The Illusion of Failure: Our First Attempt at Sky Pond

What a couple West Coasters learned about setting goals, pushing limits, and embracing the challenge of the wild.

3/18/18

8:30 am. We arrived at the Glacier Gorge Trailhead, bright-eyed and bushy tailed. As one of the more popular regions in the park, we had set our sights high. Sky Pond.

Nestled between Taylor Peak, Powell Peak, and Thatchtop Mountain, Sky Pond couldn’t have attained a better moniker. At 10,900 ft. this jaw-dropping lake had become that of myth in the weeks leading up to our trip. I familiarized myself with the trail and day by day, fixated on reaching our goal. In my mind, the hike to Sky Pond had become a beast we were destined to conquer. I write this with sore, shaky hands to tell you how the beast kicked our ass.

The hike started about as optimistic as it gets. Sunny skies, relatively warm weather, fresh legs, and smiling faces. We knew snow was in the forecast later on but hey, we came to Colorado for some winter weather. Our California naivety welcomed thoughts of the cold, white stuff.

In a matter of hours we’d be experiencing the heaviest snow day of the season in the middle of the most difficult hike we’d ever attempted. Confidently unaware of this, we set out.


This first leg of our trip was mostly spent taking frequent breaks between huffing and puffing our way through this weird new thing called altitude.

Other smiling hikers and lofty ambitions of reaching Sky Pond kept us chipper. We arrived at our first stop, Alberta Falls. It was frozen over but still a sight nonetheless. We came to a fork in the trail eventually. One leading around a bend to the west, the other, straight up the falls. We opted to go straight up. Out first mistake of the day!

At this point, we were really the only ones hiking up river, so we enjoyed the solitude. After stopping for a drink of ice-cold river run-off, we reached the top of the ridge. Though not our destination, we plopped down for a morning picnic overlooking The Rockies.


As the morning went on, more hikers began to arrive. I love meeting hikers. We did not meet one person who wasn’t smiling, considerate, and helpful. There is a reason people from all over the country flock to these undeveloped lands. It’s impossible not to be overflowing with wonder and vigor. Among the people we met: a happy-go-lucky family from North Carolina, an adventurous couple from Dallas, and countless other passing encounters with out-of-breath, beaming mountaineers.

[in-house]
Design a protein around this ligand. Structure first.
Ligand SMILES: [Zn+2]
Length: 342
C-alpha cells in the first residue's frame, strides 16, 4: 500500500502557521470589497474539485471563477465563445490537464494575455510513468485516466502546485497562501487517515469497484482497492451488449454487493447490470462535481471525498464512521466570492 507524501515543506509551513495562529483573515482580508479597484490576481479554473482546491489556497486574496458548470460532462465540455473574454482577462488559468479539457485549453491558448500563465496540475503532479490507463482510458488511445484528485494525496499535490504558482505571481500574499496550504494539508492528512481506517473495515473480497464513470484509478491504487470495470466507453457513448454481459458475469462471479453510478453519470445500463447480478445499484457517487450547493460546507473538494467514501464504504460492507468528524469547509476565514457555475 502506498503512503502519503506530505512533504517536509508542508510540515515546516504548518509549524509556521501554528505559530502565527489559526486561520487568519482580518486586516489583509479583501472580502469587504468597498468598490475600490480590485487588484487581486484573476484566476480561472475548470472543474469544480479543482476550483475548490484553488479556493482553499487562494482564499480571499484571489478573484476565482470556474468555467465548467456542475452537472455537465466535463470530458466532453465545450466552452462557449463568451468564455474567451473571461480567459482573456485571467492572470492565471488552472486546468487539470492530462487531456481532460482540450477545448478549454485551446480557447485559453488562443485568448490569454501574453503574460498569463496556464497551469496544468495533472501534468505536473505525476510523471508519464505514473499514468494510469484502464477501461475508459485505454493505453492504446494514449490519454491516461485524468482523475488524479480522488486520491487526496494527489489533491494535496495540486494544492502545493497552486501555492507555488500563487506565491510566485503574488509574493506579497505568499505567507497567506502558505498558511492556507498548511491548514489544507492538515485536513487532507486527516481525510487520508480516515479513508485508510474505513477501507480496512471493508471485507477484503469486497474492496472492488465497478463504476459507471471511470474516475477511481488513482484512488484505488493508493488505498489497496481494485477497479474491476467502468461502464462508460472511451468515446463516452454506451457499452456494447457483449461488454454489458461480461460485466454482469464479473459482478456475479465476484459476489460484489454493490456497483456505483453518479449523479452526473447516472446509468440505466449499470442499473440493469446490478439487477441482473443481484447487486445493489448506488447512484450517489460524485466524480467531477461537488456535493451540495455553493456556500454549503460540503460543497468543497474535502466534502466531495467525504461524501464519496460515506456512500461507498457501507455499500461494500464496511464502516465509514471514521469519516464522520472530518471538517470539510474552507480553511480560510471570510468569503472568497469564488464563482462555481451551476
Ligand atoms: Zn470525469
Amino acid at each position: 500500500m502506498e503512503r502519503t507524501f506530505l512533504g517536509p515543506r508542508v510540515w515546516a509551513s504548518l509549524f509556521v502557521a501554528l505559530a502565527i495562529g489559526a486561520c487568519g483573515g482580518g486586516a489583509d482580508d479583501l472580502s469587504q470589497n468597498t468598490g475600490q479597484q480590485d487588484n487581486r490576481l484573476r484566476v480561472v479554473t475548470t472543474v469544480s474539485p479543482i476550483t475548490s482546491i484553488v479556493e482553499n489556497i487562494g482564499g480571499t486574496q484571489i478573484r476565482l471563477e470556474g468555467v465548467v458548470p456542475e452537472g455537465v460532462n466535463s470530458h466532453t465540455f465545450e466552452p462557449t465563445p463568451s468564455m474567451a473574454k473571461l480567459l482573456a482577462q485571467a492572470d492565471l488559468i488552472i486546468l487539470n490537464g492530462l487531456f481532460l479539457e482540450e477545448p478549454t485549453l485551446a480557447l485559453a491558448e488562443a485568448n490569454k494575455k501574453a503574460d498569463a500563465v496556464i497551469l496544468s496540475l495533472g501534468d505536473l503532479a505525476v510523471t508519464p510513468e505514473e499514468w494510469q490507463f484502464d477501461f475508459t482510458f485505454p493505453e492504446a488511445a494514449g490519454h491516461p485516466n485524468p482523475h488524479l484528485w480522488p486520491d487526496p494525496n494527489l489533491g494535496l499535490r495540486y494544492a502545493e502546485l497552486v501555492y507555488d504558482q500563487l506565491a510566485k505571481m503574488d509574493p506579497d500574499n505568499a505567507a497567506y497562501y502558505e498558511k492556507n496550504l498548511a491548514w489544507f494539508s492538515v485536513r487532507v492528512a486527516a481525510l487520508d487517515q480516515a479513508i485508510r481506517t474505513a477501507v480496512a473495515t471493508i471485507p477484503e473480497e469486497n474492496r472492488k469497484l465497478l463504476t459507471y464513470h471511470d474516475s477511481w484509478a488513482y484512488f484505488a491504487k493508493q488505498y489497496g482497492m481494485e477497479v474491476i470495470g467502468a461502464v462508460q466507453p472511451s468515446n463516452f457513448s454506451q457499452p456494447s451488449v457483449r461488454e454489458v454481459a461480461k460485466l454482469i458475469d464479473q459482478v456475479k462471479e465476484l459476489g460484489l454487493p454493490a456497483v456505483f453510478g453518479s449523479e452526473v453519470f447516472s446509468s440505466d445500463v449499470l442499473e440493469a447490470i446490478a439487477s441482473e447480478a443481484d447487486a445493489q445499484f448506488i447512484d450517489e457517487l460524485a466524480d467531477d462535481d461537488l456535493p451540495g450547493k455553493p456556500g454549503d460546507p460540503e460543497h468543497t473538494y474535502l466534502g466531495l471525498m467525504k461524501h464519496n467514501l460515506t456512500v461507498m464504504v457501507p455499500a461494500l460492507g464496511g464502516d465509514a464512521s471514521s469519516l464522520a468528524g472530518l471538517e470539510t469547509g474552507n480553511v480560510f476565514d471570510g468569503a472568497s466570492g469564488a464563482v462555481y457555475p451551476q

We eventually hit what looked like a dead end and gathered the only way to our destination was to hike back down the falls until we hit the fork in the path again. We would later discover we had only been 100 yards from a junction to our desired path when we got “lost”.

Lesson #1: A dead end isn’t always a dead end.

About halfway back down the falls we spotted tracks leading up over a small ridge in a direction we knew our desired path to be. I climbed the ridge and at that moment spotted a couple of hikers about 25 yards through the trees. We hollered at each other across the gap until we were sure they were on the path we wanted. Excited to unhook our snowshoes from our packs (this is the only time we’d be excited to do this), we strapped in and blazed a trail across the otherwise-unwalkable deep snow. After consulting God (our trail map), we confirmed we were back on track. Sky Pond here we come.


We spent the next half hour or so enjoying a leisurely hike along a path hanging from the steep slope of a neighboring mountain. We were surrounded on all sides by giants. It never felt so good to feel so small. These mountains are special.

At last it began to snow. We loved it. Coming from the West Coast, this was somewhat of an event for us. The only thing I remember thinking while walking through the tree-lined paths was that we were walking through a living, breathing Christmas card. The path eventually spit us out into a clearing at the bottom of a gorge. This is where the tone of our trip began to change.

The gorge was maybe 150 feet across. In varying degrees of steepness, I’d gather all in all it was around a 300-500 foot climb in elevation. As an aside, keep in mind distance works differently here. An 8.4 mile hike on paper doesn’t always translate. After factoring in elevation, difficult terrain, bitter cold, and aching bones, an 8.4 mile hike feels like an 84 mile hike.

As the snow began to fall thicker still and the temperature began to plummet, Claudia began to express her doubts. The incline was killing us, the wind was picking up, and every breath was a heavyweight bout for oxygen. I did my best to ignore the pain and offer encouragement along the way. My words were literally met with thunder.

With frequent breaks, we began to chip away up the gorge. We eventually crested the top and forced our way through the snow until we saw it. The Loch. The first of three lakes on our planned adventure. It did not disappoint.


Completely frozen over and cradled between mountains, it felt like we were sitting in the palm of a colossal hand. We collapsed on a log overlooking our first official reward for our suffering. After scarfing down protein bars and squeezing hand warmers into every available crevasse of our bodies, Claudia and I had a very frank discussion about moving forward.

Her side:

The minute I plopped down on that mossy log I was ready for that to be it. The end. Bye Sky Pond! My body can’t take any more. This was my first marked point of hesitaion, but Brian urged me forward: “We’ve come this far!!” He reminded me to look up and around at the majestic beauty we came for. 

My side:

“We came this far!!” Ever since I set my sights on Sky Pond a few weeks back, I committed to it as a goal. I wanted to prove to myself such a feat could be conquered. In my mind, we had already made it so far, what’s a little more?